As a child Franklin Vieux recalls hearing his school teacher read a story about a princess who had a tantalising dilemma. Two male suitors had been wooing her and she had to choose between them. Franklin wondered why she could not choose both.
This early insight was revealing. Franklin has to this day never stuck to one relationship at a time. “I have never been in a monogamous relationship in my life. When I was in high school I took two dates to my senior prom. I lost my virginity as a threesome.”
Today he lives with his long-term girlfriend in a home he shares with her other boyfriend. Occasionally his partner’s teenage daughter also stays over. He is also in four other long-distance relationships, people he sees with varying degrees of frequency.
Franklin and his girlfriends are what’s called polyamorous or “poly” as the community tends to call it. Being poly simply means you can be in more than one relationship, with the full support and trust of however many partners they choose to have.
Polyamory does not feature in any census tick box but anecdotal evidence suggests that it is on the rise. Some are even calling for it to be recognised by law following the legalisation of gay marriage in the UK and the US. All this raises of the question of whether the future of love may be very different from our current conceptions of romance.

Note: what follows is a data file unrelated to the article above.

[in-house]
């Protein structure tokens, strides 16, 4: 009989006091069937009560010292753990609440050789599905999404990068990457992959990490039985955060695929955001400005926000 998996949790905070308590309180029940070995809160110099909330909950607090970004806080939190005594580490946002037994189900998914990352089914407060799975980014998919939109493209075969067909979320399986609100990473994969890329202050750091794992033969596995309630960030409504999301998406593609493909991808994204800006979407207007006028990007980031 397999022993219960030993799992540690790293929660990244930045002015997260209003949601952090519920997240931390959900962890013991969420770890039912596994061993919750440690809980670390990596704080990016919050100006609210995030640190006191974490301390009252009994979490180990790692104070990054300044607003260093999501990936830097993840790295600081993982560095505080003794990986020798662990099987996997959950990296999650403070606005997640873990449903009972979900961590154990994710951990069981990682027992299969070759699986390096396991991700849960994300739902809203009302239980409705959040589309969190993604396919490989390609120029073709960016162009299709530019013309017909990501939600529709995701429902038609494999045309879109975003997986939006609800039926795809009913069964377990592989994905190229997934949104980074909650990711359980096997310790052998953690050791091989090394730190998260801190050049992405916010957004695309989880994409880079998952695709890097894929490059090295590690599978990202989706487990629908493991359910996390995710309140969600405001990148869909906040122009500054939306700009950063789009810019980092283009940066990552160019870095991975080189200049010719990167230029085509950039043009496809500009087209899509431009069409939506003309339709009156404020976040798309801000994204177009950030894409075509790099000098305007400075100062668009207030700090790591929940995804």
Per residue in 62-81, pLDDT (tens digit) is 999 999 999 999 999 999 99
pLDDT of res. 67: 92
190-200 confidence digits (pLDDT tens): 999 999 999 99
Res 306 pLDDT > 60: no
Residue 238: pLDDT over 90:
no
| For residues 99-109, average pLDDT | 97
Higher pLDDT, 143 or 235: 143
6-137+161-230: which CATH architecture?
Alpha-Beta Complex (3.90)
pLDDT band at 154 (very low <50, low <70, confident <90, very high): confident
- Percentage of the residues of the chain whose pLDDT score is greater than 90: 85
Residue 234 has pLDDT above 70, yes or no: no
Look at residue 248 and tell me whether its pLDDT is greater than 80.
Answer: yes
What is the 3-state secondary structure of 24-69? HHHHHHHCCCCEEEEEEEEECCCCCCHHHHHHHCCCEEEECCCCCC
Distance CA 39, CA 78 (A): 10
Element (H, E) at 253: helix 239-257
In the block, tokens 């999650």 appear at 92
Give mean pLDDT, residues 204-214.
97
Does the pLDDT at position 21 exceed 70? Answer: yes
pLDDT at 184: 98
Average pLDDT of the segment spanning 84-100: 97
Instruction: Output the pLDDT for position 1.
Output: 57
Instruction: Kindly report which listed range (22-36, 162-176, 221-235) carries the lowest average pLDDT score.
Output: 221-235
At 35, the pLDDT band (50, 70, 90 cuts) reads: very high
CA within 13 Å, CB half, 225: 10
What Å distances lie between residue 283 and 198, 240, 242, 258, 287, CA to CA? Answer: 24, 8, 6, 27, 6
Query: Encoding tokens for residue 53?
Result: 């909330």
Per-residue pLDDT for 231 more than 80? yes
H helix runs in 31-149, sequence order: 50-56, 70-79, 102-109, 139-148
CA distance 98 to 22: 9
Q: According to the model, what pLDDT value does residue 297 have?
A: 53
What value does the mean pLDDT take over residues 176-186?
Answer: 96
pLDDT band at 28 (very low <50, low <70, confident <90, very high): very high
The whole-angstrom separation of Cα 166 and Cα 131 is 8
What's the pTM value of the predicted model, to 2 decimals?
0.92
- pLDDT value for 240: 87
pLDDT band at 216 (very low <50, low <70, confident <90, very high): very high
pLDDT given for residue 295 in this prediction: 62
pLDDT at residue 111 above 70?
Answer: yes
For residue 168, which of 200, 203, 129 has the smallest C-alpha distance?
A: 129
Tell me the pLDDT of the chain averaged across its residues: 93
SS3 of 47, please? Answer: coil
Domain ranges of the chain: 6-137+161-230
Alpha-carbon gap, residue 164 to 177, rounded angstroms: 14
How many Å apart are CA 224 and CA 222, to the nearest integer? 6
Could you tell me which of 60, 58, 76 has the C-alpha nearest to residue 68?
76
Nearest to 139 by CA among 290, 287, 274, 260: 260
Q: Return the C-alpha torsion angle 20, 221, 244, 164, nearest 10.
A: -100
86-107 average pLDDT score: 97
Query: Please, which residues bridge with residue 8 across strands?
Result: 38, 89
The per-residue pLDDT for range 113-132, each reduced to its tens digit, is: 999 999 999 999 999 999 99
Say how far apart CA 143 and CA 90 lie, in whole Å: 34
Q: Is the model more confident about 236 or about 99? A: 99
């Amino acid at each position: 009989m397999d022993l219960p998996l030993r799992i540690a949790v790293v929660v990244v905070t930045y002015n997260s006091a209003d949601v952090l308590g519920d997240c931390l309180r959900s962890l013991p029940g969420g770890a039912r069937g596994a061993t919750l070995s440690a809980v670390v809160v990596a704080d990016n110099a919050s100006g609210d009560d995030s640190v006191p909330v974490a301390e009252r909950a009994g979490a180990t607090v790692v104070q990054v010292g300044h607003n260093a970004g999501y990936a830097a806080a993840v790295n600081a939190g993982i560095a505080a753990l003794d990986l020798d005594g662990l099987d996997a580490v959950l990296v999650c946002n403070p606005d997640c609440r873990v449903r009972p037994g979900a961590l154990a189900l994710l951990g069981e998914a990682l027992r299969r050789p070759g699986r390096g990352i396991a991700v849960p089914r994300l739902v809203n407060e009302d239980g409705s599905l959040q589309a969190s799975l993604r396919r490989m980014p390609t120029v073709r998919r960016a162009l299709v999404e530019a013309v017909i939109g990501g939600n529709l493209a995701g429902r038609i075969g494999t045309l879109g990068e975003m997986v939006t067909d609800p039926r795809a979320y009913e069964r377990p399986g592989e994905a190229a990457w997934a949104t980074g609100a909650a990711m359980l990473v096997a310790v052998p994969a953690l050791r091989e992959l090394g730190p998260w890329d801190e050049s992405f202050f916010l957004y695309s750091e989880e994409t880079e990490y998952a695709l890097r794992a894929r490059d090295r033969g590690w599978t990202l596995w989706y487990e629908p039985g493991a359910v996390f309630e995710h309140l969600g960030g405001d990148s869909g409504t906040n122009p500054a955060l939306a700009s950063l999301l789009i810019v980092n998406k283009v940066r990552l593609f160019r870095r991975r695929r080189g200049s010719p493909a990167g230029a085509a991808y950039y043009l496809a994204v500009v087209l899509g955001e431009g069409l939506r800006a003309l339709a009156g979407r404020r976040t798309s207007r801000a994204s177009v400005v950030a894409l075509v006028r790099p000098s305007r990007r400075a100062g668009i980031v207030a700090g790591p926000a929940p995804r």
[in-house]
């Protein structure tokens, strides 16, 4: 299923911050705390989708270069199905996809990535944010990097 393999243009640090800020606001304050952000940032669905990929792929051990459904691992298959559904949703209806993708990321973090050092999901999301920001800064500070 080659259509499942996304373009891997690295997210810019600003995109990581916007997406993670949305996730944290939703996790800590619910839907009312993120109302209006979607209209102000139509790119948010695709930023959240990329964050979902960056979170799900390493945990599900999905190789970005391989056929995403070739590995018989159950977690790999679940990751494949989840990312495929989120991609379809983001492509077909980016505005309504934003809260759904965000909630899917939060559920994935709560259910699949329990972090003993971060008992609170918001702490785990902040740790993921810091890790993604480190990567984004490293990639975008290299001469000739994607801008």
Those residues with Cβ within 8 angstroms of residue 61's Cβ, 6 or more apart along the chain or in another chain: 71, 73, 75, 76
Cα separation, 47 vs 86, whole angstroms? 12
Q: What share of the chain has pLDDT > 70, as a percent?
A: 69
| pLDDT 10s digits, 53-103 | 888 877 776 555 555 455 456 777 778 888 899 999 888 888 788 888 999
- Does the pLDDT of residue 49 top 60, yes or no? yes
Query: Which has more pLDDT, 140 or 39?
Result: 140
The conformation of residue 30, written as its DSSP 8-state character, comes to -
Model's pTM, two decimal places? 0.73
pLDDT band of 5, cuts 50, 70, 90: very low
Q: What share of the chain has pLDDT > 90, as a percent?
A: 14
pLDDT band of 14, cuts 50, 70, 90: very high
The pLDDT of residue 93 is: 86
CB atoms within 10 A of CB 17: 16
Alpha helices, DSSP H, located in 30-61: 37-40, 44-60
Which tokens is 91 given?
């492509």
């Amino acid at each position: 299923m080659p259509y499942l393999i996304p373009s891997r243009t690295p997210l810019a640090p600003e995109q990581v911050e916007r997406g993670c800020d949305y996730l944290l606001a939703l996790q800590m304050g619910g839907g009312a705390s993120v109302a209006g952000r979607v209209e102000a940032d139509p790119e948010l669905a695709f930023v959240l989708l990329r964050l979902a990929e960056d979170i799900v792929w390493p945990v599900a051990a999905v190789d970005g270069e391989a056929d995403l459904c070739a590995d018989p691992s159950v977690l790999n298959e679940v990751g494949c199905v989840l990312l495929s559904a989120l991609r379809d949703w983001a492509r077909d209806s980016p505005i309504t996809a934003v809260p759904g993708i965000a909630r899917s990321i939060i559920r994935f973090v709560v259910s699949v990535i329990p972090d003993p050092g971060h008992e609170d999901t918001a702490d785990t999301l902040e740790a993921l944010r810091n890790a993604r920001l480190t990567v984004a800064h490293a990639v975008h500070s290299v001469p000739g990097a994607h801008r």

But love has always been the same, right? A man falls for a woman, they get married, pop out a few children and stay together in a harmonious and monogamous relationship for life.
Sorry romantics. This wasn’t, and still isn’t, always the picture of love. Polygamy – where more than one spouse is allowed –was the norm for many of our hunter-gatherer ancestors. Monogamy started flourishing when our ancestors began to settle down. A preference for it then appears to have arisen, among many other reasons, for economic purposes.
It took several decades for published research to appear into this way of life. “It called into question people’s core values,” says Terri Conley from the University of Michigan, who initially struggled to get her research published due what she felt was a pervasive bias in favour of monogamy. Her research is revealing – there are some clear benefits to polyamory.
To start with, in a 2014 review paper Conley found that polyamorous people tend to maintain more friendships as they keep a wider social network. They are also less likely to cut off contact after a break-up.
Monogamous couples on the other hand, often withdraw from their friends in the first, loved-up stages of their relationship.
Conley also found that individuals in poly relationships are better at communicating and that jealousy is often lower. In new research, not yet published, she even discovered that overall relationship satisfaction can be higher in poly relationships, though another earlier 2015 review found that satisfaction was similar among monogamous and “consensual non-monogamous” relationships.
Nor do they seem more likely to spread sexually transmitted diseases. Indeed, an anonymous online study revealed that openly non-monogamous people are more likely to practice safe sex than cheating individuals in seemingly monogamous relationships.
Read the full article "Polyamorous relationships may be the future of love" at BBC.